by John R. Fischer
, Senior Reporter | September 13, 2019
The FDA has given GE Healthcare the go-ahead for its Critical Care Suite, a collection of AI algorithms embedded in its mobile Optima XR240amx system.
Deploying via the company’s Edison platform, the algorithms are designed to help reduce the average turnaround time for radiologists to assess a suspected pneumothorax, a difficult to interpret condition that causes lungs to collapse.
“The sooner a radiologist can be alerted of condition like PTX, the faster the communication to the attending physician can take place,” Katelyn Nye, general manager of global mobile radiography & artificial intelligence at GE Healthcare, told HCB News.
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PTX is a subtle condition that can be missed by ICU and ER clinicians, as well as radiologists, especially with trauma patients. But even if such a condition is found and prioritized as a "STAT" X-ray, the wait time for a radiologist to review it can be up to eight hours. This is partially due to the fact that 62 percent of exams are marked "STAT" or requested for urgent reading, despite some not being critical.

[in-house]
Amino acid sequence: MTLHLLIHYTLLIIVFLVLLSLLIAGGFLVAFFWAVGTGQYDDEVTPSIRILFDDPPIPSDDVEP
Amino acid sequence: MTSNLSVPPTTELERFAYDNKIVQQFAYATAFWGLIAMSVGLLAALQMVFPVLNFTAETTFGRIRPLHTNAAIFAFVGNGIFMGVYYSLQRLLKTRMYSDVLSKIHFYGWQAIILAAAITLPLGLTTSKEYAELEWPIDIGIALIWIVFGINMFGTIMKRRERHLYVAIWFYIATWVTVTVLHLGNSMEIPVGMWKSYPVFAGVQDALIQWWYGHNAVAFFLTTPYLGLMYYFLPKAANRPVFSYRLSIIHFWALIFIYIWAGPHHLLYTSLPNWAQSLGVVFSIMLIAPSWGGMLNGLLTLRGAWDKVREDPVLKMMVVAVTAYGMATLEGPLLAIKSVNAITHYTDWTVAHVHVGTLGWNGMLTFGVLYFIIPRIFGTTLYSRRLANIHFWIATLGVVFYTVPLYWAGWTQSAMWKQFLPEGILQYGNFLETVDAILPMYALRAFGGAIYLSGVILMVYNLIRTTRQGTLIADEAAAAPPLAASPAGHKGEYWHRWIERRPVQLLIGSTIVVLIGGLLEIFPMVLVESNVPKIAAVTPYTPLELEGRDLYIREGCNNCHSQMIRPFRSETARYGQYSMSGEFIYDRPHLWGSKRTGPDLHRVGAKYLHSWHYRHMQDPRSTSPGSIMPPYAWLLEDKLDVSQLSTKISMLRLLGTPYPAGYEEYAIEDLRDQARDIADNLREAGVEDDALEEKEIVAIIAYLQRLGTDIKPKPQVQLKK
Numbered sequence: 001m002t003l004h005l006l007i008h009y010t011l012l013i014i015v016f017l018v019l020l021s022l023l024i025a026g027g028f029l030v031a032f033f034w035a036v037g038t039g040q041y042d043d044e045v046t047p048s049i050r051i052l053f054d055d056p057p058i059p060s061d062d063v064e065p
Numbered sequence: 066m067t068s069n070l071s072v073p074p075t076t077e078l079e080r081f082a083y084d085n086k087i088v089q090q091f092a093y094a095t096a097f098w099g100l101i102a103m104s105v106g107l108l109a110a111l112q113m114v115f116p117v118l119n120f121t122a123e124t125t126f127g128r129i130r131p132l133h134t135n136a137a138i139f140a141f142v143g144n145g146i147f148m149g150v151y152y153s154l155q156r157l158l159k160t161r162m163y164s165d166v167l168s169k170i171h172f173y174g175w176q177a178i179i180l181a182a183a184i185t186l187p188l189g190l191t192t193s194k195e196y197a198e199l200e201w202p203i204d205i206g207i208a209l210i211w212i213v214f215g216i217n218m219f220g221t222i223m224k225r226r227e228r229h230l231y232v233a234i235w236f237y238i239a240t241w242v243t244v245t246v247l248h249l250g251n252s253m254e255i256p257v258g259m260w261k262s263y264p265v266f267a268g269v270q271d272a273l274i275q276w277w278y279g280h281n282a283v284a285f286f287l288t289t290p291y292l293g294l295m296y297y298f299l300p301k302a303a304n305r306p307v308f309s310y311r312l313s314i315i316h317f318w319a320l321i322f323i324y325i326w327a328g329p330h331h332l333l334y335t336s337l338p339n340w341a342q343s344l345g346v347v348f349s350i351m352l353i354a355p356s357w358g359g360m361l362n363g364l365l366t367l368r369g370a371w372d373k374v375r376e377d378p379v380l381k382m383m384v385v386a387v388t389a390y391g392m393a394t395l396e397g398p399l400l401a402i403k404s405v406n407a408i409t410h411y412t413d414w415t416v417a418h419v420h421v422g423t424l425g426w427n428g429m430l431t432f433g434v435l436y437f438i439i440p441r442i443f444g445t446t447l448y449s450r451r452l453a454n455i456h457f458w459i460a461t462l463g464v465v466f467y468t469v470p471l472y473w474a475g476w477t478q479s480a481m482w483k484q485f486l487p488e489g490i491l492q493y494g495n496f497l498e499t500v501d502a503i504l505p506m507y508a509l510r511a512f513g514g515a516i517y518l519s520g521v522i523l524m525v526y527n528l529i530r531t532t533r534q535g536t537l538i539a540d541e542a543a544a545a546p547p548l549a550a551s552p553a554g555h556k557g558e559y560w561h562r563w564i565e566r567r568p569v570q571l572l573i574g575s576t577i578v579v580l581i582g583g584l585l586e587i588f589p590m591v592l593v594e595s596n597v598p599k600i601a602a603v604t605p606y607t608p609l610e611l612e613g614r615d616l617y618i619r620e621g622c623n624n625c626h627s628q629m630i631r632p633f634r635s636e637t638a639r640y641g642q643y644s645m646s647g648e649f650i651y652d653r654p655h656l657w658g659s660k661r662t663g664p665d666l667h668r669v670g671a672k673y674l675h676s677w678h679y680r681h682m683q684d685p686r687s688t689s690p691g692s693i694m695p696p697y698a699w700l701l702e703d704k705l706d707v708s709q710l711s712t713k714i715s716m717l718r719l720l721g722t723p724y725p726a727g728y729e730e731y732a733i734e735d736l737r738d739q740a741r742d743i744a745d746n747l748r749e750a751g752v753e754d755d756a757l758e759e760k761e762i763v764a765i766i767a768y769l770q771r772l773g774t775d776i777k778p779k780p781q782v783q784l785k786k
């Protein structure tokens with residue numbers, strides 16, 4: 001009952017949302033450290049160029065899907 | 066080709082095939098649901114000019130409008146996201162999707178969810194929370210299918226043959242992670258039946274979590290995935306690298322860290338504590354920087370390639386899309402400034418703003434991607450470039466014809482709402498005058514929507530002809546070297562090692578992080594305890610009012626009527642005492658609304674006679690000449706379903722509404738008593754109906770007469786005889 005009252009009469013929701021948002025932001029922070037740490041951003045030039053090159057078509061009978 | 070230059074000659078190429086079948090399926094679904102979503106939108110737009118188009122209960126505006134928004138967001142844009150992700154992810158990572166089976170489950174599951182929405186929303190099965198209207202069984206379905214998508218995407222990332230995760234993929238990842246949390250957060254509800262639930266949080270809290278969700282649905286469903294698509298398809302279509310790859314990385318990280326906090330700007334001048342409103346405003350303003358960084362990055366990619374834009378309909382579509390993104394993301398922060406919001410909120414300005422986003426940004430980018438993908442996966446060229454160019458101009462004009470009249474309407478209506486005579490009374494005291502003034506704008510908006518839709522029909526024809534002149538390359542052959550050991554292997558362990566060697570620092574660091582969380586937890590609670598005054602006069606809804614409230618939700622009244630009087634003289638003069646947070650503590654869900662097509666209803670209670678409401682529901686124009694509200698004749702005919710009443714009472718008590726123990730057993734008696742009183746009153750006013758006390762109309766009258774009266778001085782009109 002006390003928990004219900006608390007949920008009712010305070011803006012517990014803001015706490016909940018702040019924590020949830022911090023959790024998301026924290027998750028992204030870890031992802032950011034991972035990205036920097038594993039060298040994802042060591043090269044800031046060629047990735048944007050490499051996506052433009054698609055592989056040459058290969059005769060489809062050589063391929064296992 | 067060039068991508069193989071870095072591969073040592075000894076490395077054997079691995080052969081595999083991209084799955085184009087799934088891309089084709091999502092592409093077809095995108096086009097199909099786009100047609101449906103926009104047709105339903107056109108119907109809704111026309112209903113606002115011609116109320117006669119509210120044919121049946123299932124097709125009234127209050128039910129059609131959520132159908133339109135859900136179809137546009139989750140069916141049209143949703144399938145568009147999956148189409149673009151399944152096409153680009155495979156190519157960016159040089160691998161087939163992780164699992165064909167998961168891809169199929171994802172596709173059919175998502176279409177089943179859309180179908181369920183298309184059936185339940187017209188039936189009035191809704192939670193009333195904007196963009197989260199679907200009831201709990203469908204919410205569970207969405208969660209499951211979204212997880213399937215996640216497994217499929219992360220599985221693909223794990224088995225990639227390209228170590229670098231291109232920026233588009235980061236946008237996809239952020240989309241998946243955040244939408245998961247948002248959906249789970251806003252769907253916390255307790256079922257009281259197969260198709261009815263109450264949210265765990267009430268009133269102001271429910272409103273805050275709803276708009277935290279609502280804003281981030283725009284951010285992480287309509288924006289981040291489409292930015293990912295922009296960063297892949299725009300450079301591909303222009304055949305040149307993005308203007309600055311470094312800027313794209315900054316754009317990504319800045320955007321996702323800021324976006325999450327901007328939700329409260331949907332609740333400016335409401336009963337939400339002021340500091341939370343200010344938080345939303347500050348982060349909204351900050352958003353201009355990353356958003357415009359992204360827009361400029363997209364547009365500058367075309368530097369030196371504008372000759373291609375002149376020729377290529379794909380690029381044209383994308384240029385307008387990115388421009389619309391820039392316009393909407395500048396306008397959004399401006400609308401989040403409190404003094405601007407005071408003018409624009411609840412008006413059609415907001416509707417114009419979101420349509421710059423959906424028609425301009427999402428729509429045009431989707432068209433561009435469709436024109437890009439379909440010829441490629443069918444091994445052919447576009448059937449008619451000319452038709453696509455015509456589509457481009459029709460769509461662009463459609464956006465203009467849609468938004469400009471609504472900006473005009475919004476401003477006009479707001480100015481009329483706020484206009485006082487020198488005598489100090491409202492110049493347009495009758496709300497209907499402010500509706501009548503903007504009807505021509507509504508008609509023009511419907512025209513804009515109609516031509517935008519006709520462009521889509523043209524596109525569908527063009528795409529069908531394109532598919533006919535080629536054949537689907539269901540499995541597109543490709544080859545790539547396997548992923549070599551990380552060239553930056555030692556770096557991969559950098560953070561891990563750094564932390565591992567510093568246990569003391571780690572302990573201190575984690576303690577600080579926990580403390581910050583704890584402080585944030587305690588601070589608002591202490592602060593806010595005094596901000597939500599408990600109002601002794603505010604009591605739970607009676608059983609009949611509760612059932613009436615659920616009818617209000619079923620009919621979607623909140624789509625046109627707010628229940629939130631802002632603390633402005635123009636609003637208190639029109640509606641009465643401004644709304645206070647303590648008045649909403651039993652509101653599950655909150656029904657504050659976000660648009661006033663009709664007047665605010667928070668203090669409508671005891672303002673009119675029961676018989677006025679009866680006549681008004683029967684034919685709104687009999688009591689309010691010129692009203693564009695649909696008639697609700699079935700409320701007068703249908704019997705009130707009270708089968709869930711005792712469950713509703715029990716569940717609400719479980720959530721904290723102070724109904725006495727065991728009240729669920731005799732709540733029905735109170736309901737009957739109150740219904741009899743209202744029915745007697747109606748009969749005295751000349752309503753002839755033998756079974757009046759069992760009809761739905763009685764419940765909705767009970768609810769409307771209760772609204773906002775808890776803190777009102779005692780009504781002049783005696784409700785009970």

Critical Care Suite automatically analyzes images in search of a PTX while patients undergo their scan. If it identifies one, the system will send out an alert with the original chest X-ray directly to the radiologist for review through the provider’s PACS system, as well as an on-device notification to the technologist so they are aware of the prioritized case. Quality-focused AI algorithms simultaneously analyze and flag protocol and field of view errors, and auto rotate the images on-device.
Developers trained the PTX algorithm on thousands of unique patient images derived from six data sources across three countries and from 11 different X-ray detector manufacturers, including CR/DR equipment and AP/PA views from mobile and fixed X-ray devices. The strongest form of annotation was used to draw the contour of each PTX into a region of focus for the deep learning algorithm as a training basis.
Critical Care Suite generates AI results within seconds of the image acquisition and does not depend on connectivity or transfer speeds. No investments in additional IT infrastructure, security assessments or cybersecurity precautions are needed to route images offsite, and technologists can reject or reprocess cases right at the patient’s bedside and before the images are sent to the PACS system.
“Critical Care Suite is only intended to triage PTX cases at this time, although GEHC envisions to expand to other conditions in the future,” said Nye.
Additional partners in the development of Critical Care Suite include St. Luke’s University Health Network, Humber River Hospital, and CARING – Mahajan Imaging – India.